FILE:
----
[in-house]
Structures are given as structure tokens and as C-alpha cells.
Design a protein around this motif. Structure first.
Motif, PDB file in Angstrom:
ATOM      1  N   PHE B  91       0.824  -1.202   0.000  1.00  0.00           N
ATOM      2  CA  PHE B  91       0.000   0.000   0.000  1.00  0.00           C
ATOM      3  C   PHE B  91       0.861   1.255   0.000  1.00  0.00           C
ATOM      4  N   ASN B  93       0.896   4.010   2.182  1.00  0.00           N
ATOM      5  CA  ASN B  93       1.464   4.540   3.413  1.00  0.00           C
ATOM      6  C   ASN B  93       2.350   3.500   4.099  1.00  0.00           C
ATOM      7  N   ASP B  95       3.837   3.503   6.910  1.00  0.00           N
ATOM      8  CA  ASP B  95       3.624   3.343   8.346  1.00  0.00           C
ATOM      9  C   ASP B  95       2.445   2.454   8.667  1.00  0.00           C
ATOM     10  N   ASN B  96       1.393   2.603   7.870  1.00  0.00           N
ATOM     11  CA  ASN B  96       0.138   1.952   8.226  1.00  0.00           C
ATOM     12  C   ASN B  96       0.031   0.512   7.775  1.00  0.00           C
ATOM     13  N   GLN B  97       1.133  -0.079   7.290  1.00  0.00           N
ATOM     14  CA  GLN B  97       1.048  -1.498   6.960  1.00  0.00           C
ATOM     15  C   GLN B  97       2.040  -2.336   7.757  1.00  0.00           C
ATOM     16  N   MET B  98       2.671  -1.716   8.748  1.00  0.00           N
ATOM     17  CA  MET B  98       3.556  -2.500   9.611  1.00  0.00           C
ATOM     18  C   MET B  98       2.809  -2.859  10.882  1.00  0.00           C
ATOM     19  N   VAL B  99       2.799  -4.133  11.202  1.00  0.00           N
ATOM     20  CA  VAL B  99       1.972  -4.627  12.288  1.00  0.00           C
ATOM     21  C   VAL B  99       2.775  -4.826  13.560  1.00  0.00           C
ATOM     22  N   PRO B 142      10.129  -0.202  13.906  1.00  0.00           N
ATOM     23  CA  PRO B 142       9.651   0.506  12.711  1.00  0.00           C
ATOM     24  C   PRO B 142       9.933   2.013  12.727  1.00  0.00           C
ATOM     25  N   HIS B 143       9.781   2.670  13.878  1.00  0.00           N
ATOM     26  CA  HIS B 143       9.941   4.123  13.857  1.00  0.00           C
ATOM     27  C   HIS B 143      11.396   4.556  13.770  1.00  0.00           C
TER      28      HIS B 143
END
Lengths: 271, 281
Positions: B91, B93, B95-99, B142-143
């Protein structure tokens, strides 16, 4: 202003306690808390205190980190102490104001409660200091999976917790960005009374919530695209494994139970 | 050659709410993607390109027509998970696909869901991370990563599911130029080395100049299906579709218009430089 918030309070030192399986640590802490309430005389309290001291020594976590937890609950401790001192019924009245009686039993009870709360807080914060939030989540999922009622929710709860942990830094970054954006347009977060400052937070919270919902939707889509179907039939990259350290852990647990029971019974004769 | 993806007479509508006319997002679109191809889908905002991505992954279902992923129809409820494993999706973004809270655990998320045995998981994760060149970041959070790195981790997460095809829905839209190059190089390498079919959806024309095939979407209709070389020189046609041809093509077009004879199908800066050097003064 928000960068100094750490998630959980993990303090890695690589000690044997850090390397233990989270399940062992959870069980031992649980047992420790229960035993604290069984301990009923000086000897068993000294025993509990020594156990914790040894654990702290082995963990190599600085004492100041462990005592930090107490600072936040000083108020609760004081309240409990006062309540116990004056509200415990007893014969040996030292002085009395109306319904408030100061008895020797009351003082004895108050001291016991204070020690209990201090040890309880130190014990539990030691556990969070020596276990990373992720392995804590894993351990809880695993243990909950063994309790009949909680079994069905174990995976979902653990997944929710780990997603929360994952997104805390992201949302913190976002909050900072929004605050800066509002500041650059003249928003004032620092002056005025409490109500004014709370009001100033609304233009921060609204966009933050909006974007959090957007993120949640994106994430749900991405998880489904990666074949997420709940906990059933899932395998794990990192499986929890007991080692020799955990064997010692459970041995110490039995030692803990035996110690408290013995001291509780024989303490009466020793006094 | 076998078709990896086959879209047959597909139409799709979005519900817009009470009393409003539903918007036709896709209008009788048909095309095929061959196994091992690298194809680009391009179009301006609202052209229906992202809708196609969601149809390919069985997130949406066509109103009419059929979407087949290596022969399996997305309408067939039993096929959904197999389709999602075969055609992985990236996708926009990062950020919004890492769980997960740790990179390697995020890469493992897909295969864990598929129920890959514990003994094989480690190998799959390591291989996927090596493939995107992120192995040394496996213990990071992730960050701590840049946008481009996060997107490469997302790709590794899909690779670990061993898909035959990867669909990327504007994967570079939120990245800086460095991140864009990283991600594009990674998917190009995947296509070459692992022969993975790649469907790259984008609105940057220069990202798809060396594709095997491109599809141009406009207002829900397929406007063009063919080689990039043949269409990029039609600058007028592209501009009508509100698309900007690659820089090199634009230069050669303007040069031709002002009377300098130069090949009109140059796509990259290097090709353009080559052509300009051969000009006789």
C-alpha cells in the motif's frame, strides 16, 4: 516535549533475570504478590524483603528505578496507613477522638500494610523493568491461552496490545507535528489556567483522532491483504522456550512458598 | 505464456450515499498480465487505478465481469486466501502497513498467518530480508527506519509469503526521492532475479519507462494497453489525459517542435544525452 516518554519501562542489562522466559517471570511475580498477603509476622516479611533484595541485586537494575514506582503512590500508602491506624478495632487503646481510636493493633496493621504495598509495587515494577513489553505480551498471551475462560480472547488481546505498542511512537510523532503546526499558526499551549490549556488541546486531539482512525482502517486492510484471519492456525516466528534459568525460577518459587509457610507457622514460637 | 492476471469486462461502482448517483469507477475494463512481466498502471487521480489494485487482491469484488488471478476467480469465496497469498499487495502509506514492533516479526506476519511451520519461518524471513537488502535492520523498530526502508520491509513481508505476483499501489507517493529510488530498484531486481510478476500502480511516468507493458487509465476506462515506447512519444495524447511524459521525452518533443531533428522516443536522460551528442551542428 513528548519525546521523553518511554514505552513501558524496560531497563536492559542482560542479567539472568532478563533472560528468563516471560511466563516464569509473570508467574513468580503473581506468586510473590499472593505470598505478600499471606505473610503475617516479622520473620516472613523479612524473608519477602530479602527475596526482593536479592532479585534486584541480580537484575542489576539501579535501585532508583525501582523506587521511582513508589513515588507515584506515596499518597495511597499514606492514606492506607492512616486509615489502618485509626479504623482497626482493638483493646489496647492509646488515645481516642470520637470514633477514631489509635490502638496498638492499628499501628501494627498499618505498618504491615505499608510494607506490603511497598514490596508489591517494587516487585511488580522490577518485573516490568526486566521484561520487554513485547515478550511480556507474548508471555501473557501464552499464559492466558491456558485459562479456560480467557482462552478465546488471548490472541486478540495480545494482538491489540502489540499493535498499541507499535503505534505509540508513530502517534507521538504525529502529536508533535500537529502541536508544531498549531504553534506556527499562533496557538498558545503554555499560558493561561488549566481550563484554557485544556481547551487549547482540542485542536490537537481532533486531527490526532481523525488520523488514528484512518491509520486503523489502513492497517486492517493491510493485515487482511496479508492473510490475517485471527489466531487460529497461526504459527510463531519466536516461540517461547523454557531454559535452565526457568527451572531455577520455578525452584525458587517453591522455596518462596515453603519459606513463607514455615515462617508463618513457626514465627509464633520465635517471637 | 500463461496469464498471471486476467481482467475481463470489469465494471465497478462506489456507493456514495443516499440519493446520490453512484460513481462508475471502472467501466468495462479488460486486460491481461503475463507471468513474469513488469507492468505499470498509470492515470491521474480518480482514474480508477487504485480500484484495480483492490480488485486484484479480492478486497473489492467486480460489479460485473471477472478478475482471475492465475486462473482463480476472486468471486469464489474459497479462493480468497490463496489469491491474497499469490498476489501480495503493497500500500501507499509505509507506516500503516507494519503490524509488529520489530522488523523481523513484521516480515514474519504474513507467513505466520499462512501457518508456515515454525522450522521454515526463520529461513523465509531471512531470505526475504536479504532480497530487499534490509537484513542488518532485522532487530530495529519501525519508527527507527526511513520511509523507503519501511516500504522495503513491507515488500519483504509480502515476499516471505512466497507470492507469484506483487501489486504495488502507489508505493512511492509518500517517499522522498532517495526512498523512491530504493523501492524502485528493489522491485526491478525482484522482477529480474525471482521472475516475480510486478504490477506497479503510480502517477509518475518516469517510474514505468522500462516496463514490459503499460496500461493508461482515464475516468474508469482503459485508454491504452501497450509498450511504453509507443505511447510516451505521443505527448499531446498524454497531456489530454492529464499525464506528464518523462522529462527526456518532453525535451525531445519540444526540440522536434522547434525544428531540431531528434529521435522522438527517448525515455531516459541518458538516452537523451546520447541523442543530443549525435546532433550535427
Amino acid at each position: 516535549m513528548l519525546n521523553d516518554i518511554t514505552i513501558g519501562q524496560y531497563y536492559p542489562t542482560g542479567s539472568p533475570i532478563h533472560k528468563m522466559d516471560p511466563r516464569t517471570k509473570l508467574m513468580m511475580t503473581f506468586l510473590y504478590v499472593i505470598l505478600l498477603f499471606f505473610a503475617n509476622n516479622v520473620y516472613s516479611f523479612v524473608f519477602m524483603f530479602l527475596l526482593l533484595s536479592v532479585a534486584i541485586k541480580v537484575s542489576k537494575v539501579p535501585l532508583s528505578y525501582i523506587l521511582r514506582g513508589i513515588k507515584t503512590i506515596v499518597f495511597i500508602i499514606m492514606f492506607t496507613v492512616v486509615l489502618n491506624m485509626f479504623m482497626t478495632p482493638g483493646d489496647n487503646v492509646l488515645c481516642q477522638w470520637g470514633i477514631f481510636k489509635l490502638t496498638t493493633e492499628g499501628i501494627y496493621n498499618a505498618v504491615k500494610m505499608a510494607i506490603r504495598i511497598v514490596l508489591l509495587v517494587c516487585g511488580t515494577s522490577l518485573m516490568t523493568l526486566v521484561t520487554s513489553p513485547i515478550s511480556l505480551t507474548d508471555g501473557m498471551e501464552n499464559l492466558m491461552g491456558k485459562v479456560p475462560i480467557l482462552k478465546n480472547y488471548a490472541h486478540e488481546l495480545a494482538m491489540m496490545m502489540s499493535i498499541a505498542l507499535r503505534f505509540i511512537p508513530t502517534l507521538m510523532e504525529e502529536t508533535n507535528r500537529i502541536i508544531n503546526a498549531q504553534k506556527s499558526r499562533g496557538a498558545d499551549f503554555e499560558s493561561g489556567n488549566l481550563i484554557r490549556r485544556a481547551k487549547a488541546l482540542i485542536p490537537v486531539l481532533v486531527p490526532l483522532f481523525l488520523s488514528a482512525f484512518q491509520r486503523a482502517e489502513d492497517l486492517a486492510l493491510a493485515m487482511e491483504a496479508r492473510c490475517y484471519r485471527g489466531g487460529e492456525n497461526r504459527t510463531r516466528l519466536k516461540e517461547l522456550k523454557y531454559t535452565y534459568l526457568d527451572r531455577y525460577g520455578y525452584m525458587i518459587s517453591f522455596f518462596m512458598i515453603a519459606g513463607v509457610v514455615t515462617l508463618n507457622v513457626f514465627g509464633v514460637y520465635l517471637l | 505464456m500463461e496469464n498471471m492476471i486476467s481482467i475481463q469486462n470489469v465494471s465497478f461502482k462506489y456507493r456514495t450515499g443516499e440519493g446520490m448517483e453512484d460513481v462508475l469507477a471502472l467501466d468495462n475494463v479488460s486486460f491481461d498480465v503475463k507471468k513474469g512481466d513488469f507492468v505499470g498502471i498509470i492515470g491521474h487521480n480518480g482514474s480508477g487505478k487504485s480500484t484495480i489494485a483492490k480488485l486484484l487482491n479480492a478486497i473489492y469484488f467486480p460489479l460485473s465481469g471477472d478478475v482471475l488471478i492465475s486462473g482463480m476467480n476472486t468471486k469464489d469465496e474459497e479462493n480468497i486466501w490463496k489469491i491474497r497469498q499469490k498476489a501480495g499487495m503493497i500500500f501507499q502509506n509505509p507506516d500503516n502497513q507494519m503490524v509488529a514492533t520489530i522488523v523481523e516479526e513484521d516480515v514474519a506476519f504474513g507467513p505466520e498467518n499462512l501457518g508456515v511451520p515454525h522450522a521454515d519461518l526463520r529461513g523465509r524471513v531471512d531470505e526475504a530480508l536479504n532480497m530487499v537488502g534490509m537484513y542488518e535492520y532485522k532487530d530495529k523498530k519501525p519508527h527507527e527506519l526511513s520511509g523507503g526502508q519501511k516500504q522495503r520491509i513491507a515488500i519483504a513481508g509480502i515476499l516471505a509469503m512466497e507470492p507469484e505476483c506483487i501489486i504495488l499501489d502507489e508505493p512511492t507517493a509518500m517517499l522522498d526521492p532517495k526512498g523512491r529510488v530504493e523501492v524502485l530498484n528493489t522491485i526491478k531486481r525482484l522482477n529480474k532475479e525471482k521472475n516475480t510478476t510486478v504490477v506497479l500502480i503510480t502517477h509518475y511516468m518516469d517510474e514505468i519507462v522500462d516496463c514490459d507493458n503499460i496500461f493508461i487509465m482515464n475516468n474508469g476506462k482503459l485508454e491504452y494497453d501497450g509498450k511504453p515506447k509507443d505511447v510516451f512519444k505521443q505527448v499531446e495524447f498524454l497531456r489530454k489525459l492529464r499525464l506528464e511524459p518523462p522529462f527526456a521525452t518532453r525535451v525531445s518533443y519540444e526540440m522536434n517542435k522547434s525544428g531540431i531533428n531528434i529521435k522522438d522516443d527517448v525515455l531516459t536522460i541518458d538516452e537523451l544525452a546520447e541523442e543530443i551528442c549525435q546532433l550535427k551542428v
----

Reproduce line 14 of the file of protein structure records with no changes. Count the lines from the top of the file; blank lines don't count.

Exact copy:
ATOM     10  N   ASN B  96       1.393   2.603   7.870  1.00  0.00           N